The file appears as "untracked", which means that it's not currently tracked by git.
We keep following the instructions and add the file to git:
git add file.txt git status
On branch master No commits yet Changes to be committed: (use "git rm --cached <file>..." to unstage) new file: file.txt
Aha ! the file is set to be committed, or staged. As explained, we could unstage it by just following the hint. But don't bother remembering this, you'll get the hint to help you when you need it.
So now we can commit, without forgetting to provide a useful commit message:
git commit -m 'initial version'
[master (root-commit) ab86e28] initial version 1 file changed, 1 insertion(+) create mode 100644 file.txt
If that's the first time that you're setting up git, you get a message like this:
[master (root-commit) 7e58b70] test Committer: Colin Bernet <firstname.lastname@example.org> Your name and email address were configured automatically based on your username and hostname. Please check that they are accurate. You can suppress this message by setting them explicitly. Run the following command and follow the instructions in your editor to edit your configuration file: git config --global --edit After doing this, you may fix the identity used for this commit with: git commit --amend --reset-author 1 file changed, 1 insertion(+) create mode 100644 file.txt
No worries, but please follow these instructions now, before going any further.
And we check the status again with
git status, which gives:
On branch master nothing to commit, working tree clean
Here is a summary about what we did, and a bit of terminology:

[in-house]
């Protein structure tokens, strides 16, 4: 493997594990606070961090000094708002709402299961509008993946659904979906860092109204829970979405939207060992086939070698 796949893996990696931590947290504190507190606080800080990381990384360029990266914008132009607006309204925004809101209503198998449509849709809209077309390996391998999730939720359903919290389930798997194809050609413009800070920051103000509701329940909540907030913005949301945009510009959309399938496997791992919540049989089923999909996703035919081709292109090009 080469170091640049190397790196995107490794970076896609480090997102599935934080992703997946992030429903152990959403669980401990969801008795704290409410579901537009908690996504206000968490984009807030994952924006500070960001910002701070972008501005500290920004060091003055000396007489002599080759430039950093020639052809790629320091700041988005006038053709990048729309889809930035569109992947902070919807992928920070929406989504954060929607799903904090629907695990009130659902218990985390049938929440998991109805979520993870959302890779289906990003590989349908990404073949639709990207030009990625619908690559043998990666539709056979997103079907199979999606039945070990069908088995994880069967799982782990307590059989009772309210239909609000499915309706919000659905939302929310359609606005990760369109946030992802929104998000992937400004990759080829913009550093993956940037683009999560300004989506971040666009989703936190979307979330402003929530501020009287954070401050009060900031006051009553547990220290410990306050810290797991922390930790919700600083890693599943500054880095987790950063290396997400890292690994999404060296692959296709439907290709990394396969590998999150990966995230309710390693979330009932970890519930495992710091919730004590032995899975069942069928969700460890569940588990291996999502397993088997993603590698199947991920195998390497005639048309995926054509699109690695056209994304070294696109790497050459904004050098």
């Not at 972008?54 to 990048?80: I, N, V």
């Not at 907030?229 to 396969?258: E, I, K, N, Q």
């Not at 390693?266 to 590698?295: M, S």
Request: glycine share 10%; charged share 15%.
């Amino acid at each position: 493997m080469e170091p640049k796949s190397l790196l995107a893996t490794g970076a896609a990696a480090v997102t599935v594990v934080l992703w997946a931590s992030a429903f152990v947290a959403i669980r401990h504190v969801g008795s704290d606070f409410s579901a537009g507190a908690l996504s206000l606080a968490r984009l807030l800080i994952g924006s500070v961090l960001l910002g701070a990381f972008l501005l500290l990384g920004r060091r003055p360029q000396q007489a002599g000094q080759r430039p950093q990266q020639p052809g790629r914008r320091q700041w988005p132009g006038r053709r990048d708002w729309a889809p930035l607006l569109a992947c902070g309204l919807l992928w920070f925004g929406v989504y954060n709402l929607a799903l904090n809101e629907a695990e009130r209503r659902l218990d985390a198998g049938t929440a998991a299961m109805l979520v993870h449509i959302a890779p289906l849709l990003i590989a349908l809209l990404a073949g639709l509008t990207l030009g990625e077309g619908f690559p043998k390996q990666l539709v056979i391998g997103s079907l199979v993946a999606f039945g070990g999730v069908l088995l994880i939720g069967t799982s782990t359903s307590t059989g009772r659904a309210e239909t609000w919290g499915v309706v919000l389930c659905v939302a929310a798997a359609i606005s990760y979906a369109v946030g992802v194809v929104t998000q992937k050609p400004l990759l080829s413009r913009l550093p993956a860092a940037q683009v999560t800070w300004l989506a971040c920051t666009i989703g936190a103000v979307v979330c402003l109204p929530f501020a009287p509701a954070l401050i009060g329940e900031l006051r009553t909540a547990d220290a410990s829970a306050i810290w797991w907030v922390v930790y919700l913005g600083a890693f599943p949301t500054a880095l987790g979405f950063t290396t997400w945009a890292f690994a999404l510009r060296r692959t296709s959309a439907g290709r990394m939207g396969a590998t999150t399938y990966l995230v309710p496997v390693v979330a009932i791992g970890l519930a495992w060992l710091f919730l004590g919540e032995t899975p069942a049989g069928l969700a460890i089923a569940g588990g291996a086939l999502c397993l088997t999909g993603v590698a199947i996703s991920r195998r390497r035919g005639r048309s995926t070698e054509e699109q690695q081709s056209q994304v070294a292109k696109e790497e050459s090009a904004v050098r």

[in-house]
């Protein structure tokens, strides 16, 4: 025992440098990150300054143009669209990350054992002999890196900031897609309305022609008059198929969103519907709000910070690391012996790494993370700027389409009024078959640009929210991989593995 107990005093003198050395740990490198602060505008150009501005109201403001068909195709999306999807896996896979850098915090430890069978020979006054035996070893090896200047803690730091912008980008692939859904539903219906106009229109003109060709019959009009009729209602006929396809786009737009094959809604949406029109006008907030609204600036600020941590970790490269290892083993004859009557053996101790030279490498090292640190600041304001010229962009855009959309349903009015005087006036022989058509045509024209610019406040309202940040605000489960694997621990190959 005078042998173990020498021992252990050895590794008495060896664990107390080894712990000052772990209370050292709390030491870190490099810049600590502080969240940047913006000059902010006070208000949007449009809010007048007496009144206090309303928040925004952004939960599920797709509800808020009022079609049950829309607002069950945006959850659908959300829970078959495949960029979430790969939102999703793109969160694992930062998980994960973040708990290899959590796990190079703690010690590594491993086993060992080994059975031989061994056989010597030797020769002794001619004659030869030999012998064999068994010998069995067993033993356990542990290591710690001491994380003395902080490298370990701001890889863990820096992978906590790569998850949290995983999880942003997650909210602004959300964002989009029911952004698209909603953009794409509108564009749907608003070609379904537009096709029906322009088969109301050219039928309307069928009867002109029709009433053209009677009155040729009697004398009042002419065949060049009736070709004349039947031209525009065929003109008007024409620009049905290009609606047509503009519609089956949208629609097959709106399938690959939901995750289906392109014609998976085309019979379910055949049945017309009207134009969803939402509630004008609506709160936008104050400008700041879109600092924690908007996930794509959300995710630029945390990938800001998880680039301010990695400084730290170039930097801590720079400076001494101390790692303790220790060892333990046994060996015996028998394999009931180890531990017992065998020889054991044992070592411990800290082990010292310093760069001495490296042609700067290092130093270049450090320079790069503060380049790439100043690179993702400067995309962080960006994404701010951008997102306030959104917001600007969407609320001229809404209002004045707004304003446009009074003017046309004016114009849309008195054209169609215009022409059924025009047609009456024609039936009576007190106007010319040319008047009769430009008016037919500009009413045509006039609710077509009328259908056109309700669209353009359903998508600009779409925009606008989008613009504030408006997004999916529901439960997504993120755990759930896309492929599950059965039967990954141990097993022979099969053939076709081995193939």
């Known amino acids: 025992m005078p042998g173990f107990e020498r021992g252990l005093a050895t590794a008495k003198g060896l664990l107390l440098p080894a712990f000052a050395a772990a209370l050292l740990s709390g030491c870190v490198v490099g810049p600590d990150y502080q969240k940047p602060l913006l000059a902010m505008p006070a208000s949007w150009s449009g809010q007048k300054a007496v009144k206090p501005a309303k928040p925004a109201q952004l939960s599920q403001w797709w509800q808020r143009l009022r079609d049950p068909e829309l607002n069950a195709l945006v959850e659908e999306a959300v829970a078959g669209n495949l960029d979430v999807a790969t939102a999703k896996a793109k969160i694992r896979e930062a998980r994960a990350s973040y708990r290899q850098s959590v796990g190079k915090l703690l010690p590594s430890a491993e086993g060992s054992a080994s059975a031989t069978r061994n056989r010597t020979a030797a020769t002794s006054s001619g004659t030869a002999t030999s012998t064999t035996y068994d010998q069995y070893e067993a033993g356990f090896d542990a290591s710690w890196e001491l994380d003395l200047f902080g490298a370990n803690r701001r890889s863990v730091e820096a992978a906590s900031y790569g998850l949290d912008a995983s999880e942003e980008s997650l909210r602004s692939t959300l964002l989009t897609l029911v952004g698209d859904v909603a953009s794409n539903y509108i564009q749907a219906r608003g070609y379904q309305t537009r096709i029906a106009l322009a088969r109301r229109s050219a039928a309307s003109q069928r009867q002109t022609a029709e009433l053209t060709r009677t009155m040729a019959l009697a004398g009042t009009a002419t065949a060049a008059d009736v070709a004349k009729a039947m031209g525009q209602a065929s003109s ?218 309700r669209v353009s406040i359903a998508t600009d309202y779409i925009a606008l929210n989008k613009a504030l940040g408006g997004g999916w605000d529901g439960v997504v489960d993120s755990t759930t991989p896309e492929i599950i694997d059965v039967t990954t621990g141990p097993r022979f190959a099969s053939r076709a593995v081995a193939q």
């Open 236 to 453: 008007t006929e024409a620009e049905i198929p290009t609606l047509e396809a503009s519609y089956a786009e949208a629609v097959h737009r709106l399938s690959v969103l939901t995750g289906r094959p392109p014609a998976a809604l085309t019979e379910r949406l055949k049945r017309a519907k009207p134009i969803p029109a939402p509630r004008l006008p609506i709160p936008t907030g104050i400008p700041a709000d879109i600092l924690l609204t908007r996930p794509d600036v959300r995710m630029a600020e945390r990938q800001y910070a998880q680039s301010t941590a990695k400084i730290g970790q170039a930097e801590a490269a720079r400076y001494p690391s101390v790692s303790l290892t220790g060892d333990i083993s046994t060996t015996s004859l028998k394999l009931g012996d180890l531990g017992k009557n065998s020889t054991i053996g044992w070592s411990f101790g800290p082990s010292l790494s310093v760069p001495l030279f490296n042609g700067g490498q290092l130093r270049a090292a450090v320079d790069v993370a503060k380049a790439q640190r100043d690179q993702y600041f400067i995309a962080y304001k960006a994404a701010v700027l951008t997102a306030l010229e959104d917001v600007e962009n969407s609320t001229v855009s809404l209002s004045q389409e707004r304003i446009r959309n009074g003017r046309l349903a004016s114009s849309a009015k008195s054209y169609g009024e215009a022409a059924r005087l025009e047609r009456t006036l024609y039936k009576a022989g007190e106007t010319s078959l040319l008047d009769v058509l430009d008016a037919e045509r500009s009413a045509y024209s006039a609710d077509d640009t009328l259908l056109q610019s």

To get information about your last commit, do:
commit ab86e28862528ffdda5737f94242989cd9ef1f51 (HEAD -> master) Author: Colin Bernet <email@example.com> Date: Wed Mar 31 22:19:15 2021 +0200 initial version diff --git a/file.txt b/file.txt new file mode 100644 index 0000000..3b18e51 --- /dev/null +++ b/file.txt @@ -0,0 +1 @@ +hello world
These is a lot of information here:
20ff75c4baff1a200. This is the commit ID. The commit ID uniquely identifies this commit. When referring to a commit, you don't need to type in the whole number, just the few first characters. Git will recognize it anyway.
HEAD -> master. This means that we are on the branch
master(don't worry, we will discuss branches just a bit later).
hello world. This last part is a "diff", similar to what you would get with the diff command.
Now let's focus on the last part of this printout, which shows the changes introduced by the commit.
This part has a very specific format : it's a patch.
You know, sometimes when you upgrade a piece of software on your computer, you download and apply a patch. This patch is simply the difference between the new version and the old version of the software. If you apply the patch to the old version, you get the new version.
Patches are very convenient, because they make it possible to upgrade software without having to download the full new version, only the difference between the new version and the one you have, which represents a much smaller amount of data.
If you really want to understand git, you need to understand patching.
So let's create and apply a patch manually.
First, we create a new file:
echo "hello $USER" > user.txt cat user.txt
Then create a patch file:
diff -u file.txt user.txt > patch.txt cat patch.txt
We see that
patch.txt now contains the changes between
user.txt , in the exact same format as in a git commit:
--- file.txt 2021-03-31 22:17:44.000000000 +0200 +++ user.txt 2021-04-02 08:20:05.000000000 +0200 @@ -1 +1 @@ -hello world +hello cbernet
We can now apply this patch to
file.txt to change its contents to what is in
patch -u file.txt patch.txt cat file.txt
file.txt contains the line
hello cbernet , and not anymore
hello world .
We can patch a single file as we did above, and we can also patch a whole directory in one go.
In git, a commit only contains a patch, and a reference to the mother commits.
For example, just consider this sequence of three commits: